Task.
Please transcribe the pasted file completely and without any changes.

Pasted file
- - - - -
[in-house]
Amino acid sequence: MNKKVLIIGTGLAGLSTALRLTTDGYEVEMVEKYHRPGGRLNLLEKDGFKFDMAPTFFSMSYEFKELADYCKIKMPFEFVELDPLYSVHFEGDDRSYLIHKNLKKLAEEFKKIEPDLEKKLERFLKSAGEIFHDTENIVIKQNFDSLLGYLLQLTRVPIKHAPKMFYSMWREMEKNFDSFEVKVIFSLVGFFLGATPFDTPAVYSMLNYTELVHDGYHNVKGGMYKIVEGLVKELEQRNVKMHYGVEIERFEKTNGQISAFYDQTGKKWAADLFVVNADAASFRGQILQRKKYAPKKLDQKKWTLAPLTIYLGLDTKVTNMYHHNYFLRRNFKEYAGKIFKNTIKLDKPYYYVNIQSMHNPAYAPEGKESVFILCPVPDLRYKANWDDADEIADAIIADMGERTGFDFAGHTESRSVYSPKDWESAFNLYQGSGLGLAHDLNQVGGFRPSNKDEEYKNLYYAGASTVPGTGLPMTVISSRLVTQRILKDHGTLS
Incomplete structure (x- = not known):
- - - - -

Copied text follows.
[in-house]
Amino acid sequence: MNKKVLIIGTGLAGLSTALRLTTDGYEVEMVEKYHRPGGRLNLLEKDGFKFDMAPTFFSMSYEFKELADYCKIKMPFEFVELDPLYSVHFEGDDRSYLIHKNLKKLAEEFKKIEPDLEKKLERFLKSAGEIFHDTENIVIKQNFDSLLGYLLQLTRVPIKHAPKMFYSMWREMEKNFDSFEVKVIFSLVGFFLGATPFDTPAVYSMLNYTELVHDGYHNVKGGMYKIVEGLVKELEQRNVKMHYGVEIERFEKTNGQISAFYDQTGKKWAADLFVVNADAASFRGQILQRKKYAPKKLDQKKWTLAPLTIYLGLDTKVTNMYHHNYFLRRNFKEYAGKIFKNTIKLDKPYYYVNIQSMHNPAYAPEGKESVFILCPVPDLRYKANWDDADEIADAIIADMGERTGFDFAGHTESRSVYSPKDWESAFNLYQGSGLGLAHDLNQVGGFRPSNKDEEYKNLYYAGASTVPGTGLPMTVISSRLVTQRILKDHGTLS
Incomplete structure (x- = not known):